Now I genuinely had no idea how much it would cost to get mine repaired (probably too much, but thought I’d ask anyway…) So wandered in, had a look around, blanched at some of the prices of the luggage, then spoke to a lovely chap named Daniel.

Remember: I have a pen-knife bought years ago. I have no idea from where I bought it. Could be from them direct, could have been on Amazon or ebay, or from another shop.

I show him my pen-knife, fully expecting a wince at this battered old thing, the sort of look you’d get from someone into whose very nice snow-white carpet you’d trodden wet mud.

“Oh, we can certainly service and repair that for you…” says Daniel, with not the slightest wince.

“And how much…?” I ask, preparing my own wince.

“…for free.”


“Oh, we wouldn’t charge for any of the work needed on this,” continues Daniel, and then – after a quick play with the pen-knife, he lists out what needs doing, including replacing the cracked ‘scales’ – the red bits attached to either side of the knife.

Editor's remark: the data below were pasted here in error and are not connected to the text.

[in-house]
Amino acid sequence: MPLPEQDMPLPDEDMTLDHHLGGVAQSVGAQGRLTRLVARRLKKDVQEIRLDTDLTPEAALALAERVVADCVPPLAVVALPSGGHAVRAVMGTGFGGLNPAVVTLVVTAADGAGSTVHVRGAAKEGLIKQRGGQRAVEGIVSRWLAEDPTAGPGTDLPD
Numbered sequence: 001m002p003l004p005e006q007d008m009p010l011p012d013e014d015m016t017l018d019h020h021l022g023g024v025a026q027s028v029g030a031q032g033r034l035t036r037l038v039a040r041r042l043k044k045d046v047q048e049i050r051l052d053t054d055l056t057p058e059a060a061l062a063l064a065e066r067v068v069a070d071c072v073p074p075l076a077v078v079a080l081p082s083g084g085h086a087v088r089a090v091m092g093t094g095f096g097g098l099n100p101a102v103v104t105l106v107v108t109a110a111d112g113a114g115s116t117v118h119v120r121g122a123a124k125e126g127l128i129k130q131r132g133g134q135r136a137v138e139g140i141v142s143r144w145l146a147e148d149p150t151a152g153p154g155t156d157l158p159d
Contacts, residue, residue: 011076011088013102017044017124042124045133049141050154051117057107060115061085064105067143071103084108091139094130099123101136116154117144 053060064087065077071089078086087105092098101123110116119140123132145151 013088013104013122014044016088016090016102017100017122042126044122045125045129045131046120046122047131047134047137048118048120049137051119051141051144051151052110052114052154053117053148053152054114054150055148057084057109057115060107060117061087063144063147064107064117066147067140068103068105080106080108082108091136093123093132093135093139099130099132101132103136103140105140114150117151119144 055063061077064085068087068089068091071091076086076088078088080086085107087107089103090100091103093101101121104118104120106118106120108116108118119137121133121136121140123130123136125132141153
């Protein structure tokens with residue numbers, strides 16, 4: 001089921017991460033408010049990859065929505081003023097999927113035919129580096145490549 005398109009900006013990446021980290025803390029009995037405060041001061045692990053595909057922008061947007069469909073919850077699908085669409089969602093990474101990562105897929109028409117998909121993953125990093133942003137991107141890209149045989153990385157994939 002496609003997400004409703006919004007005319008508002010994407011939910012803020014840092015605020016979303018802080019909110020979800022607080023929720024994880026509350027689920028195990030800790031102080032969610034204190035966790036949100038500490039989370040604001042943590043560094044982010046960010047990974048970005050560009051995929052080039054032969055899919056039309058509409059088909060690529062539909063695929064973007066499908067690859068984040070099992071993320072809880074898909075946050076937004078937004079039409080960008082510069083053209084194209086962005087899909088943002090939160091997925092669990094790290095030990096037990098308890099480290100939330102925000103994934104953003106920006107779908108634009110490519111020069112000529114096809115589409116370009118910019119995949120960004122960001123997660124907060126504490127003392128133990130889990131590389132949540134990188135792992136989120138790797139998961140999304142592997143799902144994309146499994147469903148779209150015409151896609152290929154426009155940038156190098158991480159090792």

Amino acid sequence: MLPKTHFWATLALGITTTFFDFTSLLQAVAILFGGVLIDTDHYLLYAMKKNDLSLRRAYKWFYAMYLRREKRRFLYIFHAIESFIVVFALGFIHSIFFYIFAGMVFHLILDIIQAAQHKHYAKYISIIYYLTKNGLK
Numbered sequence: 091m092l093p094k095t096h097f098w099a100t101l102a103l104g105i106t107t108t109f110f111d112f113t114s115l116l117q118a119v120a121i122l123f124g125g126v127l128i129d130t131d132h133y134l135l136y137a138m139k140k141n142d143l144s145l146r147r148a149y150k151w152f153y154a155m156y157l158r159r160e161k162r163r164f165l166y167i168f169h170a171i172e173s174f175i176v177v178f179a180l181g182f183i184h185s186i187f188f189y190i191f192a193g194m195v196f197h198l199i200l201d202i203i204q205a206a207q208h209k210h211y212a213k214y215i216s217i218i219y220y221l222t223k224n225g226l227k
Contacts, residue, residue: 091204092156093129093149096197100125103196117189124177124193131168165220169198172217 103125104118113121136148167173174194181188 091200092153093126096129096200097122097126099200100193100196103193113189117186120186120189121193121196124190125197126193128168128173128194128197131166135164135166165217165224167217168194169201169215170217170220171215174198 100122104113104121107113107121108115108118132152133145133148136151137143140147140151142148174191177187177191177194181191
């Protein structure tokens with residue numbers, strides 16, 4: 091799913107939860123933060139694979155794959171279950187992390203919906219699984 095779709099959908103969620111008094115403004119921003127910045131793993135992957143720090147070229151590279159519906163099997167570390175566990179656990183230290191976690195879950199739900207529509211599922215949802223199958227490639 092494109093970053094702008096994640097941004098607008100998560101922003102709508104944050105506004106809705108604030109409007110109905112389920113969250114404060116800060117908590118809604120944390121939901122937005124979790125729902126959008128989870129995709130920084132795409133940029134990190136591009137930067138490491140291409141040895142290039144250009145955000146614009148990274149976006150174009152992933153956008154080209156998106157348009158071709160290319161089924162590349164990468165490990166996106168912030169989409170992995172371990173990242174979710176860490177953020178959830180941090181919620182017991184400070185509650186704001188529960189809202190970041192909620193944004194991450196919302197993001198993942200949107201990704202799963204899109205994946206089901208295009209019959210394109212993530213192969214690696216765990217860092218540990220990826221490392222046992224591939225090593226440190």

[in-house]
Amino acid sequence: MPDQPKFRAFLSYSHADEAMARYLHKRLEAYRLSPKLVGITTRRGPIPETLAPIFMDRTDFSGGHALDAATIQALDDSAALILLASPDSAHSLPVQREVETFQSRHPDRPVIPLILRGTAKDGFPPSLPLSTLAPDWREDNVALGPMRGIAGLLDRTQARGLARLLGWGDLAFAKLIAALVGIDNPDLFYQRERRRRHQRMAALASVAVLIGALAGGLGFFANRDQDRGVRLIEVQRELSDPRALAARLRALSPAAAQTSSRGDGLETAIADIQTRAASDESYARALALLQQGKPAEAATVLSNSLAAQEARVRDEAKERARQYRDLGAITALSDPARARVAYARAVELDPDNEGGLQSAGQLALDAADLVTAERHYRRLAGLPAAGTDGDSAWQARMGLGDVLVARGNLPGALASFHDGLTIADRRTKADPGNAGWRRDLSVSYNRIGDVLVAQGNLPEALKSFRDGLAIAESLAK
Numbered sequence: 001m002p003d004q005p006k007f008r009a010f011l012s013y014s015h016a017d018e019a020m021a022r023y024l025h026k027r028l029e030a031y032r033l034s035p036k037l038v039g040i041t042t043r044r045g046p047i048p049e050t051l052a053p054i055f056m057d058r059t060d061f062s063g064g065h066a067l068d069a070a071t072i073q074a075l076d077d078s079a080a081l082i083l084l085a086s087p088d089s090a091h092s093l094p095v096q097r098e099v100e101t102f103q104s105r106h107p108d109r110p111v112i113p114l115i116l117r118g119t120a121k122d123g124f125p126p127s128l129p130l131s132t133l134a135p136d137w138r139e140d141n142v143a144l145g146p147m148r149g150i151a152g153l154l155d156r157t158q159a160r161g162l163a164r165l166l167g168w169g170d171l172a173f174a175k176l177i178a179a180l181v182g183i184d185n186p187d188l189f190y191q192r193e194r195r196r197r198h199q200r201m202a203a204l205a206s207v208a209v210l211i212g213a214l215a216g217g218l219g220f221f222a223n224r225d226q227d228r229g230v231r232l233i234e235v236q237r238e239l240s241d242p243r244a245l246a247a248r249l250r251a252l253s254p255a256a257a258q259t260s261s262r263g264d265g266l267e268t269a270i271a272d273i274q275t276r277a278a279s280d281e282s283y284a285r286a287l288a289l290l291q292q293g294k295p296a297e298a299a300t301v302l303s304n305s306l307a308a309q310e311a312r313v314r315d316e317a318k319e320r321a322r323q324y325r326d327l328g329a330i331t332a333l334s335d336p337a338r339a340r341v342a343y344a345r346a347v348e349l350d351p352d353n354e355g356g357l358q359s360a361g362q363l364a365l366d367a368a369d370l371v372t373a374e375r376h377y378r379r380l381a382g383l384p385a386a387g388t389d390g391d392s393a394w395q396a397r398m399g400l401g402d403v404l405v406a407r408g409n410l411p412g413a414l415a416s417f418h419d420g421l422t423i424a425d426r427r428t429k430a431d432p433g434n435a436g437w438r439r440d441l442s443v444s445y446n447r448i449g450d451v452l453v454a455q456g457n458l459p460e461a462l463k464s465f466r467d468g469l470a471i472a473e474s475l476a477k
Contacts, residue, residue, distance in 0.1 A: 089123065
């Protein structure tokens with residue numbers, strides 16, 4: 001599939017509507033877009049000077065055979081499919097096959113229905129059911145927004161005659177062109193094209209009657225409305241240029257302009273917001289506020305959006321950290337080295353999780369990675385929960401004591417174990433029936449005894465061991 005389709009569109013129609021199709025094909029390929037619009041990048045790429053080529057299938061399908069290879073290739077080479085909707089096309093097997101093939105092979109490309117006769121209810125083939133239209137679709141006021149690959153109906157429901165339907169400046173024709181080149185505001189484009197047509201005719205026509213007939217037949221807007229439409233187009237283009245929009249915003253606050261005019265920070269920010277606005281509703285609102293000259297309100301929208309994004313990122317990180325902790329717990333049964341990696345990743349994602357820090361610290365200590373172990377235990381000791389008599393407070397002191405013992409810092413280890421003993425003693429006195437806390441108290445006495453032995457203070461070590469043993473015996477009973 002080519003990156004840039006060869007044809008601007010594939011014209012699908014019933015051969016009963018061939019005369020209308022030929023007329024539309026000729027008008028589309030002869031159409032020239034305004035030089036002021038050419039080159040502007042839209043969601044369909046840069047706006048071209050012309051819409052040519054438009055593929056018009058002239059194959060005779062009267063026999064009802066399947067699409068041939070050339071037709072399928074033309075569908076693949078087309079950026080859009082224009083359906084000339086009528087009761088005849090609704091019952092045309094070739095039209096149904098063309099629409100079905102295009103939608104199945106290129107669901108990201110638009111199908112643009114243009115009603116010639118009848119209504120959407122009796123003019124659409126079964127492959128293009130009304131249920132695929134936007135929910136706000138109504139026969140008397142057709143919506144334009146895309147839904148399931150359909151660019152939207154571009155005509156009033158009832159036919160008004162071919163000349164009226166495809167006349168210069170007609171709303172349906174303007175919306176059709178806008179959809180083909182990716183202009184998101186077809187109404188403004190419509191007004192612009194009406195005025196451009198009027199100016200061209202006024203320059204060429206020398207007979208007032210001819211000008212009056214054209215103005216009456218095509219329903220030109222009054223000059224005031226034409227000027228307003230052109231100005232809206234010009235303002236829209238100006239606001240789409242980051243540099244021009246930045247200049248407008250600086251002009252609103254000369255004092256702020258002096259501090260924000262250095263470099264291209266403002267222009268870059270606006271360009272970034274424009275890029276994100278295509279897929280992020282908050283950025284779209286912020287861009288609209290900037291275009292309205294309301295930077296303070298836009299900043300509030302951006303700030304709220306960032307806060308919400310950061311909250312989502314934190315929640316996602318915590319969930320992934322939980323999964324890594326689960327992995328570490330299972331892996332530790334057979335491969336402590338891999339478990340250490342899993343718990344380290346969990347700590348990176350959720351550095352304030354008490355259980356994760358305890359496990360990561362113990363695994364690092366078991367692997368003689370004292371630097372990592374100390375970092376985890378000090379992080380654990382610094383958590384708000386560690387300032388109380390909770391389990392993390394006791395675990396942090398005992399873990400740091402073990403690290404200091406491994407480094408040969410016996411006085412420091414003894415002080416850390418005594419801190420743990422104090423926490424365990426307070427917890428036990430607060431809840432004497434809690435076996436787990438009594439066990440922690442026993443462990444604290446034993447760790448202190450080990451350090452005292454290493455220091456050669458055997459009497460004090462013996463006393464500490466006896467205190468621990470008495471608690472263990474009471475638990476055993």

It’s not a short list.

“Give me 20 minutes…?” Daniel asks.

Sure, I say, and wander off, wondering what just happened.

Came back half an hour later, and the pen-knife looks like new. All oiled, blades sharpened, scissor spring replaced, brand new ‘scales’ attached.

He recommends some accessories (a small container of oil, a specific blade sharpener) but doesn’t attempt at any point to ‘push’ them to me. Oh, and he mentions “if you lose the toothpick or tweezers, just pop in; we don’t charge for replacing those.”

So, yes. Sometimes, unexpectedly, you get it: fantastic customer service that you didn’t even know you could get.

Huge thanks, and the heartiest of recommendations to Daniel, at

95-96 New Bond St

The usual ‘something else on a Tuesday’… tomorrow.